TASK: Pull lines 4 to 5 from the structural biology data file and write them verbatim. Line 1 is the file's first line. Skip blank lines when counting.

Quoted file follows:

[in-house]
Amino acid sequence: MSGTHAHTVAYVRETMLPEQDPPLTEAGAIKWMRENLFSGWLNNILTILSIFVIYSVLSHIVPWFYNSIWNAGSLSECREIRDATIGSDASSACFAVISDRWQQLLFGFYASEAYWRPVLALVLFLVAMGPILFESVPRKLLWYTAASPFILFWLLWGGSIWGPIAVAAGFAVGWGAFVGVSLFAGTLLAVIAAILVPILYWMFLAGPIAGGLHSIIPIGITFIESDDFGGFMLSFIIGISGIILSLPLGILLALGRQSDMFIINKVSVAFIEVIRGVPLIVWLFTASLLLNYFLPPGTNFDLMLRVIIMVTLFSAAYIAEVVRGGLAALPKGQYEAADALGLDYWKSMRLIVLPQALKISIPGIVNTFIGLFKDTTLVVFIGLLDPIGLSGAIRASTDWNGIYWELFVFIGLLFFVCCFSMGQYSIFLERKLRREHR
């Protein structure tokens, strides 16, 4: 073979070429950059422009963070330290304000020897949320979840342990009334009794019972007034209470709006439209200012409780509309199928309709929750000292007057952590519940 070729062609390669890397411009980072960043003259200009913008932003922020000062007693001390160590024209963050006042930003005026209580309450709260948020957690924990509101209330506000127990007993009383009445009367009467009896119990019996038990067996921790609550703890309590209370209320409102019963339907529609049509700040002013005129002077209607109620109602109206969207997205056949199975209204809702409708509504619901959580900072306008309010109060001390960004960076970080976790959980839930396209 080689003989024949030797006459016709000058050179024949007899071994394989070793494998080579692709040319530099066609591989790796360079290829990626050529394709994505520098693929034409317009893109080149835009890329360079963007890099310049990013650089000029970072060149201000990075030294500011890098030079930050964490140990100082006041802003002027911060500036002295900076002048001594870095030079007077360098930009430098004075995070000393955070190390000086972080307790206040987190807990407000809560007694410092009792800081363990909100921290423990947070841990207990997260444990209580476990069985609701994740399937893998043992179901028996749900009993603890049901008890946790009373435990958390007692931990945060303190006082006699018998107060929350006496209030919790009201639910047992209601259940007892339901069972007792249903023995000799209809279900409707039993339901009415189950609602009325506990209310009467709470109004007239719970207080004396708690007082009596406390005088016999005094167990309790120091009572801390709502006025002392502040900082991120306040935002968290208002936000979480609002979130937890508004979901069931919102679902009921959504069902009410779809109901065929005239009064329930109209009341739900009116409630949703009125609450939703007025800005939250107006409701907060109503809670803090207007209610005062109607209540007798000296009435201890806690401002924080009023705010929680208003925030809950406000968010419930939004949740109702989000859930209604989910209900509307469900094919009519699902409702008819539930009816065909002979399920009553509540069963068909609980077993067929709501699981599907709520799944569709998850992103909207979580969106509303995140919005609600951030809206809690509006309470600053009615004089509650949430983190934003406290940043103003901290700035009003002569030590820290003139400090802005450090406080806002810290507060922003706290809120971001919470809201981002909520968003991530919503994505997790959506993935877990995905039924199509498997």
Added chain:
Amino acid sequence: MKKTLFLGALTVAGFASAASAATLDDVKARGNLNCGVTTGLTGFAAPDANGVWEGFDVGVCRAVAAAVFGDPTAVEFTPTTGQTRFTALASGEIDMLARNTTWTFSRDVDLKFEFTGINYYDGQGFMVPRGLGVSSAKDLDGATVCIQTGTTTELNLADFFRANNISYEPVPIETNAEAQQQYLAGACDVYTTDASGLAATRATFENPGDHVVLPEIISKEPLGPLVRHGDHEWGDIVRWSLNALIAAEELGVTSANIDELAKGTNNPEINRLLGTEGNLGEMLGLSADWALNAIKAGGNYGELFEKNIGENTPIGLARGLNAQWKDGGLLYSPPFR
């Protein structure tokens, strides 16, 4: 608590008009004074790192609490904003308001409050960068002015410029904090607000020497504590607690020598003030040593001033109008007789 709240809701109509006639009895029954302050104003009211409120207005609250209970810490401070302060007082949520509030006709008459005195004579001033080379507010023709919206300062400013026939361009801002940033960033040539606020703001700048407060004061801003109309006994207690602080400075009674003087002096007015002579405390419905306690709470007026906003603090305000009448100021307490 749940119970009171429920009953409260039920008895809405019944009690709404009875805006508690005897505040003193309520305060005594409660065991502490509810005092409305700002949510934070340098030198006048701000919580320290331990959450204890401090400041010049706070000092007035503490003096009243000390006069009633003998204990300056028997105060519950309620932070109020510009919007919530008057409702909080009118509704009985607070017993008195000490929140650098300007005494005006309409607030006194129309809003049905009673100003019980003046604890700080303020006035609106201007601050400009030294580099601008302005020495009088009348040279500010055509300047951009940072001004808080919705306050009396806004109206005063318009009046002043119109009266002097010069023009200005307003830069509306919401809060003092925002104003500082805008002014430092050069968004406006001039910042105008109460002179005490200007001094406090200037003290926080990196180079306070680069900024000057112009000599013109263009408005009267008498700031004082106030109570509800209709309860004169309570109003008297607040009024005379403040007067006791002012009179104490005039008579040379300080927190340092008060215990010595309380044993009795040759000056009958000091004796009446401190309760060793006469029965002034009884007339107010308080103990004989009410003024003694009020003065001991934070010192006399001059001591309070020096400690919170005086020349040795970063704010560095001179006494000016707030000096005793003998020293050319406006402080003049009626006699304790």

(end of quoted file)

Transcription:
Added chain:
Amino acid sequence: MKKTLFLGALTVAGFASAASAATLDDVKARGNLNCGVTTGLTGFAAPDANGVWEGFDVGVCRAVAAAVFGDPTAVEFTPTTGQTRFTALASGEIDMLARNTTWTFSRDVDLKFEFTGINYYDGQGFMVPRGLGVSSAKDLDGATVCIQTGTTTELNLADFFRANNISYEPVPIETNAEAQQQYLAGACDVYTTDASGLAATRATFENPGDHVVLPEIISKEPLGPLVRHGDHEWGDIVRWSLNALIAAEELGVTSANIDELAKGTNNPEINRLLGTEGNLGEMLGLSADWALNAIKAGGNYGELFEKNIGENTPIGLARGLNAQWKDGGLLYSPPFR